Do people become more generous as they age? Assistant Professor Yu Rongjun and Dr Narun Pornpattananangkul from the Department of Psychology certainly think so, and their latest study examines the reasons for why this might be the case.
In a study published in Journals of Gerontology: Psychological Sciences on 5 April 2017, the researchers find that older adults donate more to strangers than younger adults do, even when their generosity is unlikely to be reciprocated. While both younger and older adults are equally generous to people who are close to them, such as close friends and family, older adults are more generous to whom they are socially distant, such as total strangers. When adapted to the social-discounting framework, this study demonstrates that older adults engage in less social discounting as compared to younger adults, as their level of generosity does not decrease with social distance as quickly as the latter.
Why the altruistic behaviour?
“Greater generosity was observed among senior citizens possibly because as people become older, their values shift away from purely personal interests to more enduring sources of meaning found in their communities,” explained Assistant Professor Yu Rongjun, who led the study. In other words, greater generosity in late life may well be an avenue for older adults to seek emotional gratification and a sense of purpose in life.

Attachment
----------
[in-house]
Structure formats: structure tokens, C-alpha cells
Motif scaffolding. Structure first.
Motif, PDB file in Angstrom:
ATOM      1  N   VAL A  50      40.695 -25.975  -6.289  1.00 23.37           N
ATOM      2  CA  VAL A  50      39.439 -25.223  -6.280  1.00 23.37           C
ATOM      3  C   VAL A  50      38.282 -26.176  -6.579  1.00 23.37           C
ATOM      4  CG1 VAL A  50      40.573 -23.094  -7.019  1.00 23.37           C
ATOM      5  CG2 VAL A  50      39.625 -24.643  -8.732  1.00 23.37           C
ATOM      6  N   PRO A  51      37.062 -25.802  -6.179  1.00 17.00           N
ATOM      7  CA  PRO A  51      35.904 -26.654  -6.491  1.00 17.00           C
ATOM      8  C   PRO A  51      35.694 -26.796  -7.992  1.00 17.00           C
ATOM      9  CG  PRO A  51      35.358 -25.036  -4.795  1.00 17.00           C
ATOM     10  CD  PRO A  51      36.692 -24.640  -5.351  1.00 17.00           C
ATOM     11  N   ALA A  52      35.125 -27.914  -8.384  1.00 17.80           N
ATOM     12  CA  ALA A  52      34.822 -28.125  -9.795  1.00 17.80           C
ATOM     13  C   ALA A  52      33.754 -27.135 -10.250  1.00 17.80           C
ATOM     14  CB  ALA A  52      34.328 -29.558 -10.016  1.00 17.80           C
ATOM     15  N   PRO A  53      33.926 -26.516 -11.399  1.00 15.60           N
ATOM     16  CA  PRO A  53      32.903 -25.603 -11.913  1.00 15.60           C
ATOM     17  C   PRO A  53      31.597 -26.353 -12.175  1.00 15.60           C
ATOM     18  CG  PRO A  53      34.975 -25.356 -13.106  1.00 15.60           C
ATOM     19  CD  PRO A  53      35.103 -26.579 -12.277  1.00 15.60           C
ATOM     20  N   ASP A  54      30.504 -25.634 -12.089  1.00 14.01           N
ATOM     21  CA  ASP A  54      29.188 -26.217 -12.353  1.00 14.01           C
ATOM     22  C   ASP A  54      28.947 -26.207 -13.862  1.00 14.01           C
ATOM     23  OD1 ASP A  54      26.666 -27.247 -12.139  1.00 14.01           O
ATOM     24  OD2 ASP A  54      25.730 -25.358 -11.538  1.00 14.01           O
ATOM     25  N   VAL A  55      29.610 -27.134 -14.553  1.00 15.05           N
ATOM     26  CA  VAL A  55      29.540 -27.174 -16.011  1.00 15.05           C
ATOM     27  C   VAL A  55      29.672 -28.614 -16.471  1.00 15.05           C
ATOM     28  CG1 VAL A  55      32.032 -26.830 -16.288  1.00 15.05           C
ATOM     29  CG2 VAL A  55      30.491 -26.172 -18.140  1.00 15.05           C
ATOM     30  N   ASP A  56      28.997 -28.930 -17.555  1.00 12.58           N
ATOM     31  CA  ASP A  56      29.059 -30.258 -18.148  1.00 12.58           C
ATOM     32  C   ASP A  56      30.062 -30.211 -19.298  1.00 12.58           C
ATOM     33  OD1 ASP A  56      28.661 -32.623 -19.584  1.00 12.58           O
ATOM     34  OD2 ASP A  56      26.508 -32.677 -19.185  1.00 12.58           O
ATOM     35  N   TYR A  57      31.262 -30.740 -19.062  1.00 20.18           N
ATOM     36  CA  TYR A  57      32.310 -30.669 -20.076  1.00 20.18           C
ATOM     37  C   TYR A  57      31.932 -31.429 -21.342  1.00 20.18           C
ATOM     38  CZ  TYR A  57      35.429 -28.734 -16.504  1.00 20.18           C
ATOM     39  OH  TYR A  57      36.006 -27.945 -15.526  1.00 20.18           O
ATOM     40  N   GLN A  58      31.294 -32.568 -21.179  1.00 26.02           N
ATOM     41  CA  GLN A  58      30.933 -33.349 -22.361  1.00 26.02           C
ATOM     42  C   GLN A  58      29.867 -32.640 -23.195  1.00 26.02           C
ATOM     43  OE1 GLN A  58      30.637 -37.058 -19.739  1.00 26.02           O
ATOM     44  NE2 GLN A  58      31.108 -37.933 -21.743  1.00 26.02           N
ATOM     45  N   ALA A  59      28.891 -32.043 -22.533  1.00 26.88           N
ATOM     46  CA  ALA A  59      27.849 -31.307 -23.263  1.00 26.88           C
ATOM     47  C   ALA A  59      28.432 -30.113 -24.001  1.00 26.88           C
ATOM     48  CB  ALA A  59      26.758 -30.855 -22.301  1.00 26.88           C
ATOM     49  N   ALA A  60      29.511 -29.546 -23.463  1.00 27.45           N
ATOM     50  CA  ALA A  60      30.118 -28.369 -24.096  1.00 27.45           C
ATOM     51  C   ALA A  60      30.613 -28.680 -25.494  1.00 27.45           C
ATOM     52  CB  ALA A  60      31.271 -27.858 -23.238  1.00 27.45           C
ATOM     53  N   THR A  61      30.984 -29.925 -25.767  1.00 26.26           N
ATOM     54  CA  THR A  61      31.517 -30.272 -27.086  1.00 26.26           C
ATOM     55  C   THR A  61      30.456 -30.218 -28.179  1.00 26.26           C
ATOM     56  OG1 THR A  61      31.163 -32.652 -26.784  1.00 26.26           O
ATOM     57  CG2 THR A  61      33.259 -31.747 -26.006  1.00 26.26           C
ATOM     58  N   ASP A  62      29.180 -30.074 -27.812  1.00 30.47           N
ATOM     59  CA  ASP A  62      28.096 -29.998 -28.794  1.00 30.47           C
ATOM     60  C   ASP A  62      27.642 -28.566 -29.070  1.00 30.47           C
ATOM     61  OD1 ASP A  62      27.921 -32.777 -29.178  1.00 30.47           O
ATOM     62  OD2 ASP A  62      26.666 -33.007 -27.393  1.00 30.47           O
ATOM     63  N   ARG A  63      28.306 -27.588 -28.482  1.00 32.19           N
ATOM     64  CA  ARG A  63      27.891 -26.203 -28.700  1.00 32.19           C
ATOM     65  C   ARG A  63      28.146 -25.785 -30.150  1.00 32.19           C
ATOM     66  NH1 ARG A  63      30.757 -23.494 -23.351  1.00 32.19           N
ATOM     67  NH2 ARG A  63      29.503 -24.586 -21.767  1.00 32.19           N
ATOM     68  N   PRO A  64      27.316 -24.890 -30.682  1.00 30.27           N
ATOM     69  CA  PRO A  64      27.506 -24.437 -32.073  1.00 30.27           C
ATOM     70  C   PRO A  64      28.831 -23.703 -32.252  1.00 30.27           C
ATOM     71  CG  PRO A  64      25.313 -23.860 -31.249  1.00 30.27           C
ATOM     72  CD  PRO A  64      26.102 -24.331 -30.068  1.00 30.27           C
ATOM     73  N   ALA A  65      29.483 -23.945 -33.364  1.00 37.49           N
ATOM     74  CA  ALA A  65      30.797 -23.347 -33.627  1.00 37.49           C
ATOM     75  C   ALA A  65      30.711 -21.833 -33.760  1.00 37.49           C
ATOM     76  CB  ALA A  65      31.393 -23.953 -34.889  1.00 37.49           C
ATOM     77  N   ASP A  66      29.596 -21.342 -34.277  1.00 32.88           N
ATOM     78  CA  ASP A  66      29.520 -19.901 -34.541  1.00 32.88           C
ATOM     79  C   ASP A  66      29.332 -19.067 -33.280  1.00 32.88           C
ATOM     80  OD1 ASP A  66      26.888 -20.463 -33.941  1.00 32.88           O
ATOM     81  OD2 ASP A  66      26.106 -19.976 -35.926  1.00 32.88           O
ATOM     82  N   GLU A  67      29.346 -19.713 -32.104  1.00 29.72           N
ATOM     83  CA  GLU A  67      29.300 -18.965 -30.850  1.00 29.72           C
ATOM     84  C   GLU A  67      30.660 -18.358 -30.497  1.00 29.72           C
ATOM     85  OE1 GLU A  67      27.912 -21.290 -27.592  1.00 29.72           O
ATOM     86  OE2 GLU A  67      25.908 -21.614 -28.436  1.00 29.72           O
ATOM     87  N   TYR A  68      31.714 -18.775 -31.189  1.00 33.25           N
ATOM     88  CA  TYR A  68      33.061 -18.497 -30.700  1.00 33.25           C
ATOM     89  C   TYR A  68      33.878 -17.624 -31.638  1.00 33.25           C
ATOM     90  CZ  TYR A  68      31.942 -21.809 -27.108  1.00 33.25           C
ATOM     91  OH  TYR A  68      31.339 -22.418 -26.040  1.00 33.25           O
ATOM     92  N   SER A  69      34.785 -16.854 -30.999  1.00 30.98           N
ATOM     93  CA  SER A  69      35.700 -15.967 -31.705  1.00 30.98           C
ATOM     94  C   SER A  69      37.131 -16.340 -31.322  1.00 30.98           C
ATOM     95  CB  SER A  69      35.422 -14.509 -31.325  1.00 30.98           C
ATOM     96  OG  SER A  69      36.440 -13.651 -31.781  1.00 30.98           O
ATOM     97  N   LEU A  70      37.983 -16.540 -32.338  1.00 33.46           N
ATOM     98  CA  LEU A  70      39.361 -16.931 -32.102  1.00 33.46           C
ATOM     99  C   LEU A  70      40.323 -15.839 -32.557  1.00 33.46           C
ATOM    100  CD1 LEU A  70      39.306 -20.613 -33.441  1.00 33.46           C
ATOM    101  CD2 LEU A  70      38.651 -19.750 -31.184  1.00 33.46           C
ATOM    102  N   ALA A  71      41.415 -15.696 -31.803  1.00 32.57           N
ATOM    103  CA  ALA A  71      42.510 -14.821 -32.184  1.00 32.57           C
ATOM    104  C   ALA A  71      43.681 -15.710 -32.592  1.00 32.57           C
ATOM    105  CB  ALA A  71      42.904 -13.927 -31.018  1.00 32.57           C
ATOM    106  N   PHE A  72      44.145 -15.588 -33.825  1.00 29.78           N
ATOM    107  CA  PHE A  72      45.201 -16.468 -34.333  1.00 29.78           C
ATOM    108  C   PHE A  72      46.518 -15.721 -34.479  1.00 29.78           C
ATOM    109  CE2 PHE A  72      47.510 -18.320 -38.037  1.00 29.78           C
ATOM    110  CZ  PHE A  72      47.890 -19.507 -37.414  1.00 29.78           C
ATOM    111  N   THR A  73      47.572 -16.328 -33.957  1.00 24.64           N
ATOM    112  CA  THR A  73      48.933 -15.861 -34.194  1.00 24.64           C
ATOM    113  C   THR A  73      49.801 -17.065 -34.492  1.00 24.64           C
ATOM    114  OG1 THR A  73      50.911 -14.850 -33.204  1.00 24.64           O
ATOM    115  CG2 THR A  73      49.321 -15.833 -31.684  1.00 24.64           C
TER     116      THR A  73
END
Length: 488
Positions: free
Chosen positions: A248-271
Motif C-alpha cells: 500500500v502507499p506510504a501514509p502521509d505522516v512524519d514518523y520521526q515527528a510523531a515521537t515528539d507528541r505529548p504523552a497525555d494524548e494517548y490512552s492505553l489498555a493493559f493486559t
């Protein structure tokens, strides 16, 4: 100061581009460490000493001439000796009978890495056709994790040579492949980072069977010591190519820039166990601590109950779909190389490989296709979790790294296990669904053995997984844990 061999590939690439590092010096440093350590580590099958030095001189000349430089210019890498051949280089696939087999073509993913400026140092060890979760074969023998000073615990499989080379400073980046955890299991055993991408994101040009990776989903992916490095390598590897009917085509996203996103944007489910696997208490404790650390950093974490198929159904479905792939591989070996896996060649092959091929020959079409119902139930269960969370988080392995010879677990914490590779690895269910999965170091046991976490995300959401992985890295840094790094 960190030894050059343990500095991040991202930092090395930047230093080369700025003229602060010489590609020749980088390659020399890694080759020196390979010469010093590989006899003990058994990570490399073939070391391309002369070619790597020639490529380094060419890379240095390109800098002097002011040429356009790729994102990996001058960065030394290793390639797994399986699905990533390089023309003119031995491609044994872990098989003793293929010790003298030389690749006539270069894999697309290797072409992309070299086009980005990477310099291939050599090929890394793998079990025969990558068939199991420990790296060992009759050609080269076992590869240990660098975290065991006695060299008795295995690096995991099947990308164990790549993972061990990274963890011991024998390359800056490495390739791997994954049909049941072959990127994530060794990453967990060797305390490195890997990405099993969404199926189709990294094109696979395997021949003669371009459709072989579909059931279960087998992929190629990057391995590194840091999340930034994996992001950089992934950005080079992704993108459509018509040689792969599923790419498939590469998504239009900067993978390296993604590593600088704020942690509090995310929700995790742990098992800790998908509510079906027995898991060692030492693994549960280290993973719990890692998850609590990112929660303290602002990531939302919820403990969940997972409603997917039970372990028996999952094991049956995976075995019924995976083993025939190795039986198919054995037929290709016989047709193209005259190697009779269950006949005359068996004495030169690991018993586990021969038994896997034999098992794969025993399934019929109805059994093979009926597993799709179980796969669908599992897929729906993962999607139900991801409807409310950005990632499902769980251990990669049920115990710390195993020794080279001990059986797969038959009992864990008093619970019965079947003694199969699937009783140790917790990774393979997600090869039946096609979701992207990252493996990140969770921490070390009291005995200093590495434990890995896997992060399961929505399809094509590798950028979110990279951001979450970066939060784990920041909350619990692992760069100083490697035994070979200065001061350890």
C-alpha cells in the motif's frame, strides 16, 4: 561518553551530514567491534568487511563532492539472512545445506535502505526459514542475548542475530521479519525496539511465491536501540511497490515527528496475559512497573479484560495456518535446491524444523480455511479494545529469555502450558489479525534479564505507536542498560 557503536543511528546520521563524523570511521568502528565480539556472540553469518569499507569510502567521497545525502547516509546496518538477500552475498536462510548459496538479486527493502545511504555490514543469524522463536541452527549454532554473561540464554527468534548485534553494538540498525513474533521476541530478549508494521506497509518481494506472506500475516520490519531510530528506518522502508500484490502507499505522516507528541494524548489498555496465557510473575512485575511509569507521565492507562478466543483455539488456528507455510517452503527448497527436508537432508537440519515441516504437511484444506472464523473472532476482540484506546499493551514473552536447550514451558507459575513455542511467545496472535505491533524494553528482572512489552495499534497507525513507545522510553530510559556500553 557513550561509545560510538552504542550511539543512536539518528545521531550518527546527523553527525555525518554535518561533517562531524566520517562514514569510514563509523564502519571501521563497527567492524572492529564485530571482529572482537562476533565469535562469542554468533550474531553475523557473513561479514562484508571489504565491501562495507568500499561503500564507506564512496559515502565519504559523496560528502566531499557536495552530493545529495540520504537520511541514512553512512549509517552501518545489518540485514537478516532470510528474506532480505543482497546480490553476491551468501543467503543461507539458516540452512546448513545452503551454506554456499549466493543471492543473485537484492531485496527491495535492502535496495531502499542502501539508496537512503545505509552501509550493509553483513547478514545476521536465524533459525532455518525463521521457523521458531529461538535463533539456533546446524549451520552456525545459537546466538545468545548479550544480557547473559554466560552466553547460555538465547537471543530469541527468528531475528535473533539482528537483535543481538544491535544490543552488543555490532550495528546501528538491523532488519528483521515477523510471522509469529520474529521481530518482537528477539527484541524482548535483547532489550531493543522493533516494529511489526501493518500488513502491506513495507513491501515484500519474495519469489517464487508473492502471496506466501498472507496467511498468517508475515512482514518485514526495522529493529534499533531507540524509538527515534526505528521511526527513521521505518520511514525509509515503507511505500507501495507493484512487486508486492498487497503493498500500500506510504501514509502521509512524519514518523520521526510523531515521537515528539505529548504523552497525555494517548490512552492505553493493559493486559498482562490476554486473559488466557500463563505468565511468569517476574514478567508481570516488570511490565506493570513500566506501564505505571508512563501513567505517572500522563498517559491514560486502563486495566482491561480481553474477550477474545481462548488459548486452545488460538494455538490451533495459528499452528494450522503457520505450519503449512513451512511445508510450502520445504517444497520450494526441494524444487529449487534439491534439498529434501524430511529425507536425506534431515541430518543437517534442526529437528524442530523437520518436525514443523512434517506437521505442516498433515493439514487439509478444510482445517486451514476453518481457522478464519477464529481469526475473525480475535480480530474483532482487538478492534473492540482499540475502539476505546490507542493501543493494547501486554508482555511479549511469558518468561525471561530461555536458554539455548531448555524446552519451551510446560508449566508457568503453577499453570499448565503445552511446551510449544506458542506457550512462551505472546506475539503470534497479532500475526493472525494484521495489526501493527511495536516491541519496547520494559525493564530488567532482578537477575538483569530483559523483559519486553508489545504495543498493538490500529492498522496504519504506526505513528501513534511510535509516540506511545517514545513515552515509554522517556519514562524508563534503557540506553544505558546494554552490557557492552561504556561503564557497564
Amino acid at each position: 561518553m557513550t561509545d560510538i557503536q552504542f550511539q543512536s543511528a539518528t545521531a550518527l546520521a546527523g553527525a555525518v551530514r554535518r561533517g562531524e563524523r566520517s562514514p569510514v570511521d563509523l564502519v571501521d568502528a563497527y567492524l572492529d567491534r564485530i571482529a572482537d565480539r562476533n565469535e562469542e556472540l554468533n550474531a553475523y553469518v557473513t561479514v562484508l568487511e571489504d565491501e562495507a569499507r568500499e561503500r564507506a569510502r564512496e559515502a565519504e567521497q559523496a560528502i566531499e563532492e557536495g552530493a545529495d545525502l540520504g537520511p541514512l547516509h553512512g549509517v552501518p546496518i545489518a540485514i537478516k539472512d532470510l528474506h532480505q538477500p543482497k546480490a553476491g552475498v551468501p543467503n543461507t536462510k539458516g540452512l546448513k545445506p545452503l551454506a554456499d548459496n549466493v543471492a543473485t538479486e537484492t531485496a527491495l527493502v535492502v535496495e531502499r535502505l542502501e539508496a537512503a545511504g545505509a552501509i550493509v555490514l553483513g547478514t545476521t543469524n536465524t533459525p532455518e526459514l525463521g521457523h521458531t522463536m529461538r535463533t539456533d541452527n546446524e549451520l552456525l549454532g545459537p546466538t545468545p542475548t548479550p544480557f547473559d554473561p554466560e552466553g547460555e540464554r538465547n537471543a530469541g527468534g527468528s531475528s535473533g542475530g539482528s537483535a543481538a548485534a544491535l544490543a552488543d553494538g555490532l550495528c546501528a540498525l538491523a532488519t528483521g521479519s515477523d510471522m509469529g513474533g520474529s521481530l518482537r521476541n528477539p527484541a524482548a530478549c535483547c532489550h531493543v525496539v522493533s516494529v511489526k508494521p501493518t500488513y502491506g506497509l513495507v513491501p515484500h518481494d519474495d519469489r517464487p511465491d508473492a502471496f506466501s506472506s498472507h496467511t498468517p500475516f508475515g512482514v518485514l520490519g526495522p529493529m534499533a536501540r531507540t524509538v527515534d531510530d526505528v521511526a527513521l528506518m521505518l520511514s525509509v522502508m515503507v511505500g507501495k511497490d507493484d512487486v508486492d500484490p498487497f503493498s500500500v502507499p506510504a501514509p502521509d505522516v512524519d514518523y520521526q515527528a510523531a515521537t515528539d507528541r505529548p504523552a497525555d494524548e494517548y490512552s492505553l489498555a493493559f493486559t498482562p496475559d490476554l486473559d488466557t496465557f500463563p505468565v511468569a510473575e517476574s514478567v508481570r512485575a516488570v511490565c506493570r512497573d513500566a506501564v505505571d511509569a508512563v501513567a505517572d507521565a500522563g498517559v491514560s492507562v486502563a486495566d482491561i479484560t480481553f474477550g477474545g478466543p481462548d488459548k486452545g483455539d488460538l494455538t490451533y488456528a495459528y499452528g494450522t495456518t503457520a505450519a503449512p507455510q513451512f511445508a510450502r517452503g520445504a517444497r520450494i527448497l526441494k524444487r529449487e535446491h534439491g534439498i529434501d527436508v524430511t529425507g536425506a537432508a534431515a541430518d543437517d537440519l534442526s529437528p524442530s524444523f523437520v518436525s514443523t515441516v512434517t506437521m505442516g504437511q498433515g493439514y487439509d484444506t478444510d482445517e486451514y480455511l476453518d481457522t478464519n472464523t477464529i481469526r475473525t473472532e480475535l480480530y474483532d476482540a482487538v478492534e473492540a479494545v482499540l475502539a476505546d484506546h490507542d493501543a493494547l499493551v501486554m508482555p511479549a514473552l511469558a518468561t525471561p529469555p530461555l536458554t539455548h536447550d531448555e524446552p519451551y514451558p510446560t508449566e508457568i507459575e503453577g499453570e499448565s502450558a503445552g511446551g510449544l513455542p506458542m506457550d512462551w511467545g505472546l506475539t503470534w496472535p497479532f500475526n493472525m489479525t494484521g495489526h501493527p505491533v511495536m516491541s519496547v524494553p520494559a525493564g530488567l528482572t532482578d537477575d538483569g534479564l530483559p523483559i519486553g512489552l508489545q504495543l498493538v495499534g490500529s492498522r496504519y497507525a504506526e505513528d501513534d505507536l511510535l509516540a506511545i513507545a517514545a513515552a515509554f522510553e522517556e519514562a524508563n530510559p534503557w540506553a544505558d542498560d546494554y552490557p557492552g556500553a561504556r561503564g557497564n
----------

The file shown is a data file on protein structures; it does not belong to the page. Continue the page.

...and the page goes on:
The researchers further speculate that age-related changes at the neurobiological level may account for the changes in generosity, as this heightened motivation in older adults to contribute to the greater good – or the “ego-transcending” motivation – parallels that of participants in an earlier study who received oxytocin, a hormone related to maternal love and trust. Dr Pornpattananangkul, a research fellow at the Department of Psychology, elaborates, “In this study, we found a similar pattern of an ego-transcending motivation among the older adults, as if the older adults received oxytocin to boost their generosity.”
Moving forward: Studies to Examine Neural Mechanisms Involved in Decision Making
Given the inclination of older adults towards generosity and altruism, Assistant Professor Yu suggests that older adults should be provided with “more opportunities to help others”, as its benefits extend to both society and older adults themselves.
Going ahead, Assistant Professor Yu and his team look forward to using brain-imaging technologies to examine the neural mechanisms that underlie changes in decision-making. Research findings from these studies are immensely valuable, as the insights derived from them may be translated into effective intervention programmes to promote healthy ageing, and may also help tackle age-related conditions such as Parkinson’s Disease and Alzheimer’s Disease, which are often characterised by deficits in decision-making.